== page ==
Gold medals easier to win than fan trust at world indoor athletics

Thu Mar 17, 2016 7:33pm EDT
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By Steve Keating

PORTLAND, Ore. (Reuters) - Winning gold medals will prove easier than winning back fan trust, admitted IAAF chief Sebastian Coe as he prepared to open the world indoor athletics championships on Thursday.

Bathed in brilliant sunshine while speaking to an enthusiastic crowd packed into Pioneer Courthouse Square, the International Association of Athletics Federations president could not escape the doping storm swirling around the sport and pleaded for patience as reforms are being implemented.

"We're not going to return to trust overnight, it is not a straight forward equation. You don't stick $10 in the slot machine and suddenly trust emerges in the tray," Coe told reporters following the presentation.

"This will take a long time. We cannot demand trust. It is not going to just return because people suddenly think we have got reforms in place but we do need to go through that process.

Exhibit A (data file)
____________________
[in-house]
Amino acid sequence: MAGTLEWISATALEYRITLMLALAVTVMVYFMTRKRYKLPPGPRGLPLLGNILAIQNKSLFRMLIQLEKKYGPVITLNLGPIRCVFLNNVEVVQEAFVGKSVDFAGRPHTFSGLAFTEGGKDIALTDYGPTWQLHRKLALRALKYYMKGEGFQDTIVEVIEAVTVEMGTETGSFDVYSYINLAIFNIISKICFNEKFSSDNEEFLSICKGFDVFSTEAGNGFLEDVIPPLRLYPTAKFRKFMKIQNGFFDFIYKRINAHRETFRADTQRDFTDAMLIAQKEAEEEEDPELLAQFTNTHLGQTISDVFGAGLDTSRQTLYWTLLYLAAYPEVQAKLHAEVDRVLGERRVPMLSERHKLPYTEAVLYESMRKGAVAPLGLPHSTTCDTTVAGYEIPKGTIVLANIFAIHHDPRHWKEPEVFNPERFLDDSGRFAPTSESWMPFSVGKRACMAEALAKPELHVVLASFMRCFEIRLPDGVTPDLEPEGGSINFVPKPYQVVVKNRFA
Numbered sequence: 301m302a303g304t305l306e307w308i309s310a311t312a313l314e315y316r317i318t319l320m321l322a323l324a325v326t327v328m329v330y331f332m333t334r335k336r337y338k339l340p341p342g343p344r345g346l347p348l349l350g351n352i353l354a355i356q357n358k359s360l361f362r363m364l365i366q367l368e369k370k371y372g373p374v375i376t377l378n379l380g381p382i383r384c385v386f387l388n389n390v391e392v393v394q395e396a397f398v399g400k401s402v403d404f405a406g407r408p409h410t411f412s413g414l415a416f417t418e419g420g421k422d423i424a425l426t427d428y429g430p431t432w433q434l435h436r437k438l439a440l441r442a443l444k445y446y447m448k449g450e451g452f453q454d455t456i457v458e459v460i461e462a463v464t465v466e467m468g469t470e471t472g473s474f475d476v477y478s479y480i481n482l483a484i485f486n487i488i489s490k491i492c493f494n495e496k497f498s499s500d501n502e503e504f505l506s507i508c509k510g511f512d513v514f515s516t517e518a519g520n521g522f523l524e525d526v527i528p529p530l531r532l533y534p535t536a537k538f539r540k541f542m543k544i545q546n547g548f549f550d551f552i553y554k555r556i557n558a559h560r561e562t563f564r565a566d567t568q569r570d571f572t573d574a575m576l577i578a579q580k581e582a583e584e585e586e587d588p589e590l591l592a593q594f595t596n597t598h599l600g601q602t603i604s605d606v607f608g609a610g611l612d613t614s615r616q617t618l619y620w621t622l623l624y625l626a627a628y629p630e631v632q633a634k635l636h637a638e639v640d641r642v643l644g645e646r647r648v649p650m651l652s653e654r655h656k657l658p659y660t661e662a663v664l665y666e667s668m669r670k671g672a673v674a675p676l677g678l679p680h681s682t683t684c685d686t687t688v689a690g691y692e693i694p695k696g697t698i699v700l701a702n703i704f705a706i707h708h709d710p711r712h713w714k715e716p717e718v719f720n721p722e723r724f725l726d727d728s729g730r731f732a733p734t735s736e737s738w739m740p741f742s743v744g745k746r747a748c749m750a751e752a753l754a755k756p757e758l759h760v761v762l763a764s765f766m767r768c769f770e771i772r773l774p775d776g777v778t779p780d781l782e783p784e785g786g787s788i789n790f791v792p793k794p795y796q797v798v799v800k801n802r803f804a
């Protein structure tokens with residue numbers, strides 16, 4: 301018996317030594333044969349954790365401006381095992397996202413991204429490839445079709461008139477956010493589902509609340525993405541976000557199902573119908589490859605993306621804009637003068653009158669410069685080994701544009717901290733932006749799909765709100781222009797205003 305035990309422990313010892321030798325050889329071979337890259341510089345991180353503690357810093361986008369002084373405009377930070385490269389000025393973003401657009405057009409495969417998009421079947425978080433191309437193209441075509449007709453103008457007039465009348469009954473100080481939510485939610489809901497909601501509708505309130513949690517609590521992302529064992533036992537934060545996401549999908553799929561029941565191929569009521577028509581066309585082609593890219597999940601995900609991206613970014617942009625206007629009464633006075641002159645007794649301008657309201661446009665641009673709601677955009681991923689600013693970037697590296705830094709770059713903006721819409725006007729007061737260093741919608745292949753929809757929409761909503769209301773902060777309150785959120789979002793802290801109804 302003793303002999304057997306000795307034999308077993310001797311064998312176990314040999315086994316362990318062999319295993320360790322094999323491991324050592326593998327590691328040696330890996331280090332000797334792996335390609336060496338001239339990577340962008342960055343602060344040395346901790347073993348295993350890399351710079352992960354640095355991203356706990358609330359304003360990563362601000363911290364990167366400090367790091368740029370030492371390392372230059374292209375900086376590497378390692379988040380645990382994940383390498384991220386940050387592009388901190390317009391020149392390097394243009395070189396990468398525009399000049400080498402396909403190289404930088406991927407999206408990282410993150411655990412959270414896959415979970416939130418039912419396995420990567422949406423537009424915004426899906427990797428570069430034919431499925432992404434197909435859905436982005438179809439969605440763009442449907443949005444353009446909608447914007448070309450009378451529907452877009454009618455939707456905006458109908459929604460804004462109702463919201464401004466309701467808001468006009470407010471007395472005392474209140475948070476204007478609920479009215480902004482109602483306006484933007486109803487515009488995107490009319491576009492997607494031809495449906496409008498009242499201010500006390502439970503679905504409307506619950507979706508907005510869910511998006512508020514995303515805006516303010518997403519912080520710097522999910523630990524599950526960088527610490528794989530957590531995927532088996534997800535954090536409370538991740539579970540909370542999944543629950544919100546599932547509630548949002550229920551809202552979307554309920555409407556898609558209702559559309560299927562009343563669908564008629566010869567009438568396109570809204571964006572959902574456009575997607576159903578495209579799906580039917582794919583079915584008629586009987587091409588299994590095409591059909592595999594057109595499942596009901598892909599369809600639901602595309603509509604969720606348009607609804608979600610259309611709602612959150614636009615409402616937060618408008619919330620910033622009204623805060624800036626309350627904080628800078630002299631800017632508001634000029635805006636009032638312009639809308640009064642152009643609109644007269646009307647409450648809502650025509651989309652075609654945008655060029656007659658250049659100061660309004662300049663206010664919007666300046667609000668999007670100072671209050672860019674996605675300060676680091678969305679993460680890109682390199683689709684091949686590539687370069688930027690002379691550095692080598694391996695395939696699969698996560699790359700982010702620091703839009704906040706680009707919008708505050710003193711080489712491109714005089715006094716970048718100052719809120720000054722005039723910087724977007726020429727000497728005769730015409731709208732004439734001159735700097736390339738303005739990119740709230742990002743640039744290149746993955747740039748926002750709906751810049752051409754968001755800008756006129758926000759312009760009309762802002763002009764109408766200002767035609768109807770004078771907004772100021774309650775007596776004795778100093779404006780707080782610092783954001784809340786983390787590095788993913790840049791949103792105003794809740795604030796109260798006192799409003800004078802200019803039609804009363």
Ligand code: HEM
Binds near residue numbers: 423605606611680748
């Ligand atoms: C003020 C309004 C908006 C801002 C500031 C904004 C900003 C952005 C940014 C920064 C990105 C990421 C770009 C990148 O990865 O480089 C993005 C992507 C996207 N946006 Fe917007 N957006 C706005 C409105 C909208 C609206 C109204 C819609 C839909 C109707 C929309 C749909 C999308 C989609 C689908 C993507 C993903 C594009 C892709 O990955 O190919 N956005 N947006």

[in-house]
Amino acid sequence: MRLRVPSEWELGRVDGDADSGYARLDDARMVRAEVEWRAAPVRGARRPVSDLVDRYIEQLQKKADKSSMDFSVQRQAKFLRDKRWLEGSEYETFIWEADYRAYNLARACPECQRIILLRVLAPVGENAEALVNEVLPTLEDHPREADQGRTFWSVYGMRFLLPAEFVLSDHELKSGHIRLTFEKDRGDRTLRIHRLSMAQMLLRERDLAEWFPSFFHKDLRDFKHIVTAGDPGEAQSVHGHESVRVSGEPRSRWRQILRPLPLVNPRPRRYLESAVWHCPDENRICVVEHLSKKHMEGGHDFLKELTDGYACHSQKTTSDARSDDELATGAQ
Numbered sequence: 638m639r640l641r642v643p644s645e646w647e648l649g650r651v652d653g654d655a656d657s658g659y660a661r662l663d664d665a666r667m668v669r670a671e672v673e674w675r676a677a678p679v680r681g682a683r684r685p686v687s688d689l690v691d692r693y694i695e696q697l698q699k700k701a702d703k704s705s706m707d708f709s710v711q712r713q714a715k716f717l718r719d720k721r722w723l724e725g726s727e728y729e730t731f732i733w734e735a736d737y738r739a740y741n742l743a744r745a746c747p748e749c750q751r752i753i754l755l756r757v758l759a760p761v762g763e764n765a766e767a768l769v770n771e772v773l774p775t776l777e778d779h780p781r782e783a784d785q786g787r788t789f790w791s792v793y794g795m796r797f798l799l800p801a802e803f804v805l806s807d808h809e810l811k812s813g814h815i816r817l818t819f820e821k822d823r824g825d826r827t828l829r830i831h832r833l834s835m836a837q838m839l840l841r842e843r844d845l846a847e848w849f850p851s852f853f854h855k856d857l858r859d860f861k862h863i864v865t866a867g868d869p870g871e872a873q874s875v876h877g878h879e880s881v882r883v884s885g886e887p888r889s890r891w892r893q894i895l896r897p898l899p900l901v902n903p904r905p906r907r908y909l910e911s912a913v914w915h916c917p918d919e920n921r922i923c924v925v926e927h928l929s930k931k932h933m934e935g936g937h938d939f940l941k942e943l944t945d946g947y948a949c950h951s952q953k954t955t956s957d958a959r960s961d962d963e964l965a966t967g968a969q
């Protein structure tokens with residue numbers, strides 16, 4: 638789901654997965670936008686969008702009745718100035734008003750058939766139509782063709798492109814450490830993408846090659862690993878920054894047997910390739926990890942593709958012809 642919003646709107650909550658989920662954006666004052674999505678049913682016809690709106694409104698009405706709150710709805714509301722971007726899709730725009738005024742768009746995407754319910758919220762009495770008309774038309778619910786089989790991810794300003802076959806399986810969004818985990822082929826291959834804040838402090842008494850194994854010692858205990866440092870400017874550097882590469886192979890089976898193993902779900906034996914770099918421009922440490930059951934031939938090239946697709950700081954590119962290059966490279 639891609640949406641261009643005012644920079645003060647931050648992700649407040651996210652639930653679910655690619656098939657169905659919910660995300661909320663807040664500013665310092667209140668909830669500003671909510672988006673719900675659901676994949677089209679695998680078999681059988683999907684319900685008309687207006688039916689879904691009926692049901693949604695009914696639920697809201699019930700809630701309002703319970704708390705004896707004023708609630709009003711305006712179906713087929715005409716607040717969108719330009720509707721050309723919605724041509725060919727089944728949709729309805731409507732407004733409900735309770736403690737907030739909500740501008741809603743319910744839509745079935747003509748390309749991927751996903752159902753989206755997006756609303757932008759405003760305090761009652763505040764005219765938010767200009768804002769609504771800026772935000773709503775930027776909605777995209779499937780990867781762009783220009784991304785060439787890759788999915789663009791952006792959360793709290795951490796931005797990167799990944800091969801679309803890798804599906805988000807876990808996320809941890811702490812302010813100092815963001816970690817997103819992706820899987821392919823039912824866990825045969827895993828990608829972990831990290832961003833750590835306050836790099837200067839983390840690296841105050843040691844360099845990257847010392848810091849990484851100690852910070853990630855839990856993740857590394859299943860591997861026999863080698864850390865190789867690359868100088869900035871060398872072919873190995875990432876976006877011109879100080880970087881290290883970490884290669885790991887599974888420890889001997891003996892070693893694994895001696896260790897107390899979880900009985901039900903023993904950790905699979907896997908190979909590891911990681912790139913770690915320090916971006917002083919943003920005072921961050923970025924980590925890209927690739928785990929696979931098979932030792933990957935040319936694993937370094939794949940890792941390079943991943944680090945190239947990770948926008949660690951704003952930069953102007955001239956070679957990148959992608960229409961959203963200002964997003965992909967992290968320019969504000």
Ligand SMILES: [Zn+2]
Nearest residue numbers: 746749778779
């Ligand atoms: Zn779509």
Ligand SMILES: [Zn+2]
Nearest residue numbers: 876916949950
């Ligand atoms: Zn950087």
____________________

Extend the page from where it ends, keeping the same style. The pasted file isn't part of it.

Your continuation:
"You can't just sit there and say, 'Well it's down to one person.' Everyone has to make that journey together."

The road to recovery runs through Portland which will host the largest track and field competition of the year outside of the Rio de Janeiro Olympics.

More than 600 athletes from 150 countries will take part in the March 17-20 meeting but after a string of doping scandals there is concern that fans will be unable to trust that medal winners did so without the help of performance-enhancing drugs.

Russia, which traditionally battles with the United States to be the sport's dominant force, will not pose a threat in Portland having been banned from international competition by the IAAF after a World Anti-Doping Agency (WADA) investigation uncovered evidence of what it termed state sponsored doping.   Continued...

IAAF's President Sebastian Coe addresses the audience during his conference during the World Anti Doping Agency (WADA) symposium in Lausanne, Switzerland, March 14, 2016.  REUTERS/Denis Balibouse